Mind and Body

FDA Advice, What Does This Mean For Asthmatics?

FDA Advisory to switch to HFA propelled quick-relief (bronchodilator) asthma inhalers

Just a brief note to remind all individuals and/or family members with asthma that the US FDA requires that CFC based quick relief bronchodilator inhalers be removed from the US market by year end.If you are currently using a CFC inhaler you will need to transition prior to the ban to more environmentally friendly HFA quick relief inhalers.Bottom line: the asthma medication, a rescue bronchodilator, is exactly the same and is not changing, only the propellant that pushes the medication out of the canister inhaler when you inhale will be different.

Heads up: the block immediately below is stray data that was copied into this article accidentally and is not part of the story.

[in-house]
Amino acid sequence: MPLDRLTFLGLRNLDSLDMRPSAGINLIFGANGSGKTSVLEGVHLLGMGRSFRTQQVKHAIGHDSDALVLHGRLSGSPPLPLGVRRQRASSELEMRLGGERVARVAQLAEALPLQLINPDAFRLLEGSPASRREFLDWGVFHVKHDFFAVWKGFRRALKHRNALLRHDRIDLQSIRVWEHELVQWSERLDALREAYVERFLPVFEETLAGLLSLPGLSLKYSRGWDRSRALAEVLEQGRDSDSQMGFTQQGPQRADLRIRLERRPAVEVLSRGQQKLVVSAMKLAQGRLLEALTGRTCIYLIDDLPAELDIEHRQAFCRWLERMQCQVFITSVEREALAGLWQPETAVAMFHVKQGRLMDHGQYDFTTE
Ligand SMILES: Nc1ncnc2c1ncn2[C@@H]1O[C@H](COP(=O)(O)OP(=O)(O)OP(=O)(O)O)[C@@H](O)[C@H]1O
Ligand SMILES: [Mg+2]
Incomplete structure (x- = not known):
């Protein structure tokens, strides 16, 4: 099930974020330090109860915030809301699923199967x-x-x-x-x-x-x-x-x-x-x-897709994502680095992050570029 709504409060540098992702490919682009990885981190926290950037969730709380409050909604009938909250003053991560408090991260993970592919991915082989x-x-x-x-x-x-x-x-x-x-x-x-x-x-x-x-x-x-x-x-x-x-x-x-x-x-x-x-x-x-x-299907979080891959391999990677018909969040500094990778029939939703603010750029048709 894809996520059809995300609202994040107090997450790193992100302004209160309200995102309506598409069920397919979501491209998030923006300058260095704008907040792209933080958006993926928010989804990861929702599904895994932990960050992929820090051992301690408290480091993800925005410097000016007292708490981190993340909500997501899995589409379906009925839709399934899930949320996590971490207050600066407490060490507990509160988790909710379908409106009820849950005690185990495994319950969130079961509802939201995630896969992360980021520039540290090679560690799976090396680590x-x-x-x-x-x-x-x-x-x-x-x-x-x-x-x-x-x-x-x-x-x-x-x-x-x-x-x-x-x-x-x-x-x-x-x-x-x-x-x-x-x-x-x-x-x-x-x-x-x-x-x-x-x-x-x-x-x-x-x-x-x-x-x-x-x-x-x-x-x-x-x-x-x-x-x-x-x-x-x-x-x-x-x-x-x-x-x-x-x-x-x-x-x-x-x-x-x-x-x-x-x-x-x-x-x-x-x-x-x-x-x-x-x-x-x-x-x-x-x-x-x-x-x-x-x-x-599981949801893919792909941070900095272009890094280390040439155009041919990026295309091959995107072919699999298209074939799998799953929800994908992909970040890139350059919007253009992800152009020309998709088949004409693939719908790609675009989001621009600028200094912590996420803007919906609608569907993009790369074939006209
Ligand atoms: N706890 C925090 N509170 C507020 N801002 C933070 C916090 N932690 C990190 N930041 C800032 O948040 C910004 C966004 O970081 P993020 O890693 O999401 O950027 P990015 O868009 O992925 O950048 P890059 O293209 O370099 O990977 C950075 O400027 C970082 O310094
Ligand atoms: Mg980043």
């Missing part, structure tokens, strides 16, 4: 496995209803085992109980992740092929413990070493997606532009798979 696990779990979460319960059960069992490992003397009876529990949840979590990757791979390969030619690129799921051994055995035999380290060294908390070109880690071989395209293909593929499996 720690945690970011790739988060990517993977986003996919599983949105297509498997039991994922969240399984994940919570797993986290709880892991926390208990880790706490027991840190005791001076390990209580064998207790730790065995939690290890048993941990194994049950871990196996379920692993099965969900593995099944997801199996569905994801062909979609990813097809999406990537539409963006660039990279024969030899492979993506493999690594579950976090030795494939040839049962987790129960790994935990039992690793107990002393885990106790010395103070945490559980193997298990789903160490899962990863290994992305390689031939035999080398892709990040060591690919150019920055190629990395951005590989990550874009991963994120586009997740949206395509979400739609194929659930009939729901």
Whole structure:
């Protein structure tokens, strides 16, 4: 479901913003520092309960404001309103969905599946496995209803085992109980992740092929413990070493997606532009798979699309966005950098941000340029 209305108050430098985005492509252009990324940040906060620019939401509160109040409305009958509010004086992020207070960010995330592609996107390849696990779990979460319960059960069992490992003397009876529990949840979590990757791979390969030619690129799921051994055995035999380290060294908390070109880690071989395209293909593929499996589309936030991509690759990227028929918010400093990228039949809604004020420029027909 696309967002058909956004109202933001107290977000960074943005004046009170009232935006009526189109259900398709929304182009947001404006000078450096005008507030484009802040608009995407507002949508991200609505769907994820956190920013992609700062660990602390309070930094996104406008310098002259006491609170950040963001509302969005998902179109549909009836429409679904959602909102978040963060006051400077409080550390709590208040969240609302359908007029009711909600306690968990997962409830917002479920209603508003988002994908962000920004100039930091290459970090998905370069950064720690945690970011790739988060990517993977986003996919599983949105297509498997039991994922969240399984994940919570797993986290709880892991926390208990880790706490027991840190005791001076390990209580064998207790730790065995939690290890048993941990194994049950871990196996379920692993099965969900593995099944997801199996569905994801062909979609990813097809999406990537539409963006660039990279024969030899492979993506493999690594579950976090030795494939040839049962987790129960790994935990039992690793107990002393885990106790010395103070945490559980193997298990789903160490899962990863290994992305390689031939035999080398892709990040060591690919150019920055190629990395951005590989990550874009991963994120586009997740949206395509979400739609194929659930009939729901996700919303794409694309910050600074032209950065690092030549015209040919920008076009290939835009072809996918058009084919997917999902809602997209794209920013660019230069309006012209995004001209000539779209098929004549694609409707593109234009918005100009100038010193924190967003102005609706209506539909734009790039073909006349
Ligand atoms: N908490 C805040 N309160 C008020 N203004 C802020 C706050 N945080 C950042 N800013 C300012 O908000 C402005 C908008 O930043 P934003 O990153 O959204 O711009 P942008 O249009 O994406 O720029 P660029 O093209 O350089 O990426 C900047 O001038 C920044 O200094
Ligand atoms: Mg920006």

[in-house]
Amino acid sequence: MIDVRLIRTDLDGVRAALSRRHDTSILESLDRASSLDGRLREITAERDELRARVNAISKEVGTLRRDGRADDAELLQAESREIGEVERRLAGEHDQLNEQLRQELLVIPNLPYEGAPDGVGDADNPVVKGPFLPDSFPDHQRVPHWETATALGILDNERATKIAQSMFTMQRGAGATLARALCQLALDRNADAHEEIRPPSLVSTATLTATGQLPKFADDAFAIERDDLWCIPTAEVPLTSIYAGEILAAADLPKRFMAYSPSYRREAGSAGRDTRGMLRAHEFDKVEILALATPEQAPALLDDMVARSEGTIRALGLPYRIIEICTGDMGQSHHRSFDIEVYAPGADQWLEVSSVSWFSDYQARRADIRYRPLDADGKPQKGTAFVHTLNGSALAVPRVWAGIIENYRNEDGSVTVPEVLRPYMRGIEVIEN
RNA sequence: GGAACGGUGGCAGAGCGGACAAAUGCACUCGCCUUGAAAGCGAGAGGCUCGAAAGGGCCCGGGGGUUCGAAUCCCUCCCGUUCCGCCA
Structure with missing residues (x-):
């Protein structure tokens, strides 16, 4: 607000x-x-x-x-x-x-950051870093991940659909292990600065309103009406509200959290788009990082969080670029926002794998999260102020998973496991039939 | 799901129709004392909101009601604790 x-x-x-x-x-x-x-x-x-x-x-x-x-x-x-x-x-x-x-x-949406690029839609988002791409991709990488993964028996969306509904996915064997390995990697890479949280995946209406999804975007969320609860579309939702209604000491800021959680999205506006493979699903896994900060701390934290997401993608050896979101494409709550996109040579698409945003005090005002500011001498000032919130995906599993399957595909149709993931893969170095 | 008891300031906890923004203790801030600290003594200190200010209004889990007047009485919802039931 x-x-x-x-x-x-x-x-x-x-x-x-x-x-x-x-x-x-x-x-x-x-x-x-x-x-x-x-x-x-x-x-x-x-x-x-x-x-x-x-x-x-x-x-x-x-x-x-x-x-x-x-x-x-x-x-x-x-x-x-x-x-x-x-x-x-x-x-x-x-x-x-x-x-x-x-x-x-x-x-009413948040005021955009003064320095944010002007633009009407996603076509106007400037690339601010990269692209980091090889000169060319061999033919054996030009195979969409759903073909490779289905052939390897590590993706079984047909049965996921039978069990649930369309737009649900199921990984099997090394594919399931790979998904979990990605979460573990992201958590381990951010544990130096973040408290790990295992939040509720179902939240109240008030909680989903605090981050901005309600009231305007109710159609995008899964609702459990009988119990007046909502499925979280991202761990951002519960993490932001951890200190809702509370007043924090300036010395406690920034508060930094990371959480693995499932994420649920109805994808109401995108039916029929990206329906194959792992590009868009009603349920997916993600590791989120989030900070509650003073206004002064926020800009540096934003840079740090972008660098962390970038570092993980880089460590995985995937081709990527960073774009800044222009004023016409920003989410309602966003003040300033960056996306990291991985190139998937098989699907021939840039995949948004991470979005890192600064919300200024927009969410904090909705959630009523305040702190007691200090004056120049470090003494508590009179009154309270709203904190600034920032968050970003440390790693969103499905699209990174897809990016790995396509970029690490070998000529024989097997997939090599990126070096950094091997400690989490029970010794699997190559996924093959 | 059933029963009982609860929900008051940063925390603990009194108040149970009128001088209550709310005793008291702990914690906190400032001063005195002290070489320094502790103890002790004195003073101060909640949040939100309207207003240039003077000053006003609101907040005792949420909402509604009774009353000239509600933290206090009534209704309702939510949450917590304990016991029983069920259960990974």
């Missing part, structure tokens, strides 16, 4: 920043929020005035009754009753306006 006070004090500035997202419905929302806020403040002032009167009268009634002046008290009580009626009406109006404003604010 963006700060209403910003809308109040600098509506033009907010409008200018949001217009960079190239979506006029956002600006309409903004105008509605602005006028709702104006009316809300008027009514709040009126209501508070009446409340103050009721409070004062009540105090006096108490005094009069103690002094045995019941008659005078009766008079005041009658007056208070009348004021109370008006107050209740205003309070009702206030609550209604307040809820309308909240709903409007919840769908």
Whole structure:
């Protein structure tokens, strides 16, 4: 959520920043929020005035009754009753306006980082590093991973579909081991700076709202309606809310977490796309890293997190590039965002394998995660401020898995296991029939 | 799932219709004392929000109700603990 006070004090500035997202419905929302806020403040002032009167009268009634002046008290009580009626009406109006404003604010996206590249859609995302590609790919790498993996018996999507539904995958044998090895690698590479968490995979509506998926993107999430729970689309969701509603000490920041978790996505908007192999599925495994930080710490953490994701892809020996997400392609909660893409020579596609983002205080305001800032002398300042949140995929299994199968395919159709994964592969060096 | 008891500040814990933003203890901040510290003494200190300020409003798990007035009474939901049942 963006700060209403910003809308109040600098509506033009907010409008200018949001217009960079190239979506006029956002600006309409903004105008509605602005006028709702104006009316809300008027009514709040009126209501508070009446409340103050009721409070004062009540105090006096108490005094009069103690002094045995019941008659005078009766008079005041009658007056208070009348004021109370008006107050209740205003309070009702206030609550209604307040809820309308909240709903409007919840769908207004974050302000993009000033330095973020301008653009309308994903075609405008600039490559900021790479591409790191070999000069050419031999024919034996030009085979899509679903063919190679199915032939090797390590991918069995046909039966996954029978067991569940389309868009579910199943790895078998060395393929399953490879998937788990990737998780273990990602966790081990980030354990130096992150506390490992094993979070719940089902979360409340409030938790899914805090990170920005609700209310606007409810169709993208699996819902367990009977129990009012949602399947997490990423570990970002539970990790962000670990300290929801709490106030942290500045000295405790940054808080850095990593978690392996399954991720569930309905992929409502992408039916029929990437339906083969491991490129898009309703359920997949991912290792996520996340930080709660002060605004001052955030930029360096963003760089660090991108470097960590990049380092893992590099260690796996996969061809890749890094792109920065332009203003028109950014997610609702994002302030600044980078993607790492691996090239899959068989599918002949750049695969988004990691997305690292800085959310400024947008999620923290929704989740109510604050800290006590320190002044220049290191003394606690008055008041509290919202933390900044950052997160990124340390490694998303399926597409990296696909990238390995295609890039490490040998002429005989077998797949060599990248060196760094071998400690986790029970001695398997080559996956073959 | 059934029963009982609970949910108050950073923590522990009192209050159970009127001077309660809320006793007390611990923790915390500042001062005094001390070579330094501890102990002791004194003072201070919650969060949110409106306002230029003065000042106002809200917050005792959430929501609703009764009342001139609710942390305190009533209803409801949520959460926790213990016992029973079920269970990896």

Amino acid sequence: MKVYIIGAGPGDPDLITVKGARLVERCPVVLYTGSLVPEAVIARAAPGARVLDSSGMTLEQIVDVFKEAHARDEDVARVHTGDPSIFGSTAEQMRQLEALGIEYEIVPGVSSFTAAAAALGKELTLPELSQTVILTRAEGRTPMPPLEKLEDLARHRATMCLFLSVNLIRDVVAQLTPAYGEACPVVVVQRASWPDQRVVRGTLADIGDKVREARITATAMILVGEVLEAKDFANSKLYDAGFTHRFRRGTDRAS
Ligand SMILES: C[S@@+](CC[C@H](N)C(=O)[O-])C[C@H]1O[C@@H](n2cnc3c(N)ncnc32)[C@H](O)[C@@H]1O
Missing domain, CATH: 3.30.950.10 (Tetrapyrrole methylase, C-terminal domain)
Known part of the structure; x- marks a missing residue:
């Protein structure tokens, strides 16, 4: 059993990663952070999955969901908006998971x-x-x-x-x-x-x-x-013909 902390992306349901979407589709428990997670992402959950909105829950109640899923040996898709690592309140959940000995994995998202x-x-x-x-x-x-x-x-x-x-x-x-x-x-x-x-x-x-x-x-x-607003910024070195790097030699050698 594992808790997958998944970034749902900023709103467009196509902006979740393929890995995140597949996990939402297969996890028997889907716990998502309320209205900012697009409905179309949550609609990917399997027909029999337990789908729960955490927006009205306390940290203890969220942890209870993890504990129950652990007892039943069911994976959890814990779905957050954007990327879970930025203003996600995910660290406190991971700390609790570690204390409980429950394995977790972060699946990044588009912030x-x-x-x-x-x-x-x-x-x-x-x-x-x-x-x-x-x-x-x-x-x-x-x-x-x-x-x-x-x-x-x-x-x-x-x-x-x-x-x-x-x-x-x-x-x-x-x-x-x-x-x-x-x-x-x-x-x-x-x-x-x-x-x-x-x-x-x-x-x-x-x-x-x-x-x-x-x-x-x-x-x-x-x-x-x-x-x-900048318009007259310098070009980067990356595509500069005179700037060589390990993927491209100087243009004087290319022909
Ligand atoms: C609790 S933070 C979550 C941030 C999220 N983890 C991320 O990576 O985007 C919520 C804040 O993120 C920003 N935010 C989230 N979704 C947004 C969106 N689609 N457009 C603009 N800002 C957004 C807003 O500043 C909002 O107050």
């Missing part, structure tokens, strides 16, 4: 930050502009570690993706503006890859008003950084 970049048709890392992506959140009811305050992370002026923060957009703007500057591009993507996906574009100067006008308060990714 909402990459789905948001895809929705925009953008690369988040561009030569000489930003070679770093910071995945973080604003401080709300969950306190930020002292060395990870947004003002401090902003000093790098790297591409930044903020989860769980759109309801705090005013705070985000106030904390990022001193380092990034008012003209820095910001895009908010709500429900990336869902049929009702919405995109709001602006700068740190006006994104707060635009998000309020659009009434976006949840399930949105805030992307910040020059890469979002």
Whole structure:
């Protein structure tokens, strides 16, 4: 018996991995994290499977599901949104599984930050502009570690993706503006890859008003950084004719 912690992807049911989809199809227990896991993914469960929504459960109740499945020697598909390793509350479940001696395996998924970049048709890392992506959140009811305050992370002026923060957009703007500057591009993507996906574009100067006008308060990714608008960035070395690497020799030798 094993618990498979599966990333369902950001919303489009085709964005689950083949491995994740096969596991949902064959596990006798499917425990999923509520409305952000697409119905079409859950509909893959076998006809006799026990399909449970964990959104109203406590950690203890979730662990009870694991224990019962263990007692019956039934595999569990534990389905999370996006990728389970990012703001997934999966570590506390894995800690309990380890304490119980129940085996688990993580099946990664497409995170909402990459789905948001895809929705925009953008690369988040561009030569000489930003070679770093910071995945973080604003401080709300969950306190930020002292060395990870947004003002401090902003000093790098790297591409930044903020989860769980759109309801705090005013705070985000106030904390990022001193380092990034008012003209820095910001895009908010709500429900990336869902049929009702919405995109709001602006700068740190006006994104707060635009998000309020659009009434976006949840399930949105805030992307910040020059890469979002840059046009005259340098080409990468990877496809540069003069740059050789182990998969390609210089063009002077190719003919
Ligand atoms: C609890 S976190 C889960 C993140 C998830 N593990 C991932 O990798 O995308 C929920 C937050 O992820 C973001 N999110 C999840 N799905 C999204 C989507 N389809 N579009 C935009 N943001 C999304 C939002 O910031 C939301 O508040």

Many of my patients, in fact, probably almost all of them have already made the switch to HFA.Go to www.fda.gov/cder/mdi/albuterol.htmfor more detailed information about this.

Make it an opportunity to review a day to day asthma action plan with your provider or asthma specialist.

Dr. Clifford W. Bassettis an assistant clinical professor of medicine at the Long Island College Hospital and on the faculty of NYU School of Medicine.He is the current vice chair for public education committee of the American Academy of Allergy, Asthma and Immunology. No information in this blog is intended to diagnose or treat any condition.

Dr. Clifford Bassett is an adult and pediatric allergy specialist, and diplomate of the American Board of Allergy and Immunology. He is the medical director of Allergy and Asthma Care of NY and author of "The New Allergy Solution: Super-Charge Resistance, Slash Medication, Stop Suffering." Bassett is a clinical assistant professor of medicine and on the teaching faculty of NYU School of Medicine and NYU Langone Medical Center, and faculty at Cornell University Medical College. Follow him on Twitter.